How to Heal a Fallen Arch

Updated February 21, 2017

Fallen arches occurs when one or both feet loses their normal arch. A healthy arch is a gap between the inner side of the foot and ground. If the feet have a low or missing arch, it's referred to as fallen arches or flat feet. There may be soreness in the arch area, and in some cases, hip, knee and calf pain. In severe cases, patients lose mobility in their feet, ankles, and are unable to rise on their toes without pain. The most common causes of fallen arches are improperly fitting shoes, a ruptured foot tendon, weakening of the tendons near the ankles and obesity.

Wearing good quality footwear is one of the most effective ways to treat and prevent fallen arches. Make sure to get your feet measured each time you buy new shoes. With a fallen arch, your feet may become wider and longer, and your shoe size will change. Only purchase shoes that fully supports each foot and fits extremely well. Find models with extra reinforcement to ensure that your heels don't slide around while wearing them. The shoe should bend exactly where your foot does, which is across the ball of the foot. Women should avoid high heels.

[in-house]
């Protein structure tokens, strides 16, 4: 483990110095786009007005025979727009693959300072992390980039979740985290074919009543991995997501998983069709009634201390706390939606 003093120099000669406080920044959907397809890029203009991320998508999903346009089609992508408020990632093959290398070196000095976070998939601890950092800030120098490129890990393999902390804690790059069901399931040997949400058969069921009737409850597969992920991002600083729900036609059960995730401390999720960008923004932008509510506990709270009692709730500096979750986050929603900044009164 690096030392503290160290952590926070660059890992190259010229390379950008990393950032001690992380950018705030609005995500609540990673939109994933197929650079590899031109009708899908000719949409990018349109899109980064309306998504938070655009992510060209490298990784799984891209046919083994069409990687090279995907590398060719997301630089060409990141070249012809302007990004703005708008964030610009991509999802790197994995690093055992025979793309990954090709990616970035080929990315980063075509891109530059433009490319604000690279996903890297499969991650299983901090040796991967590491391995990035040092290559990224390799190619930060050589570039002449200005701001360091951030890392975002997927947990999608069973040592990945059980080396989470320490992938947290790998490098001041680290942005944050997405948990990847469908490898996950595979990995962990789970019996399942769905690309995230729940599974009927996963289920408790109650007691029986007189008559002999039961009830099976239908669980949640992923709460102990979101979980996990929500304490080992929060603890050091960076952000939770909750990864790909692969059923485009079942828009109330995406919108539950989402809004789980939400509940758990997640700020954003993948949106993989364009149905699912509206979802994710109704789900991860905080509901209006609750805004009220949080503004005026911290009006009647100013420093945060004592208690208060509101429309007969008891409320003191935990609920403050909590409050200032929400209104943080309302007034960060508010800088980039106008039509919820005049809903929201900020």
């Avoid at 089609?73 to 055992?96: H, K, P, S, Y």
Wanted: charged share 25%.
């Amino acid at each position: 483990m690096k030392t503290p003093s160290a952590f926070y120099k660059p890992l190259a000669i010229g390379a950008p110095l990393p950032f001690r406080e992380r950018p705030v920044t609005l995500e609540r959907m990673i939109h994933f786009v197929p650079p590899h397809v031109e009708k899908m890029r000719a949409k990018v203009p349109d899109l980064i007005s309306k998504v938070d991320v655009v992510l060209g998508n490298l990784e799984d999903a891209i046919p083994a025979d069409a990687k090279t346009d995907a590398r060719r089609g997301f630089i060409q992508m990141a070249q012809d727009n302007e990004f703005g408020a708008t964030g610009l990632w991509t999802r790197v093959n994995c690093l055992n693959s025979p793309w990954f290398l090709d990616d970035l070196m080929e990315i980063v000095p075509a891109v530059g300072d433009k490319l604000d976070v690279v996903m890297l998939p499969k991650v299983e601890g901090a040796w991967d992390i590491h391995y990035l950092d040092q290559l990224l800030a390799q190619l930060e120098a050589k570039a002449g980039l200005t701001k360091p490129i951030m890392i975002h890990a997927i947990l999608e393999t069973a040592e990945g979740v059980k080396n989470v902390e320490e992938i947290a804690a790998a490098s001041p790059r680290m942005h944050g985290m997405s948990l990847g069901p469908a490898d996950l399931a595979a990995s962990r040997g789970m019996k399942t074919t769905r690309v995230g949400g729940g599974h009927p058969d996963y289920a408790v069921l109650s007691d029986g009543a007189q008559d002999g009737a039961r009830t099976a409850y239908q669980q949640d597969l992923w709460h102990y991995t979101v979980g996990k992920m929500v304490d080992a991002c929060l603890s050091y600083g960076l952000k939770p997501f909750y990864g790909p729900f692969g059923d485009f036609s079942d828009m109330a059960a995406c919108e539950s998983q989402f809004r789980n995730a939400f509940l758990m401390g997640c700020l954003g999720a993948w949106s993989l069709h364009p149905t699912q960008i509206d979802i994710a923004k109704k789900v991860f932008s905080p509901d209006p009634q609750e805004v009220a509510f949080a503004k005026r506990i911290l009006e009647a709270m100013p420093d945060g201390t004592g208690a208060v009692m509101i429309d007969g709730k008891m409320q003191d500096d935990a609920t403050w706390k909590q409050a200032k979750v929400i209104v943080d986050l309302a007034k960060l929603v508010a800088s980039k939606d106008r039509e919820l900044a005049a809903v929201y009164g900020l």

Prolotherapy is an effective treatment for fallen arches. The process involves injecting a dextrose solution into the foot ligaments to deliberately cause inflammation. This stimulates the body's healing mechanisms to create new ligament and tendon tissue which rebuilds the arch and eliminates discomfort.

Orthotics are insoles worn inside the shoes that provide high arch support, realign the feet and ankles, and help restore normal foot function. There are many different varieties of orthotics available at pharmacies and on the Internet.

Strengthen your feet with simple exercises. Do toe spreads. Fan your toes out as widely as possible, and hold for ten sections. Point with your toes, and then alternate with flexing them. Repeat both exercises ten times daily with each foot.

Surgery can rebuild a new arch, but should only be considered as a last resort. Foot surgery is expensive, and you'll be forced off your feet for several weeks.


Anti-inflammatory creams and medications offer temporary relief from foot pain.


Consult with your podiatrist before beginning any exercise regime.

Things You'll Need

  • Orthotics
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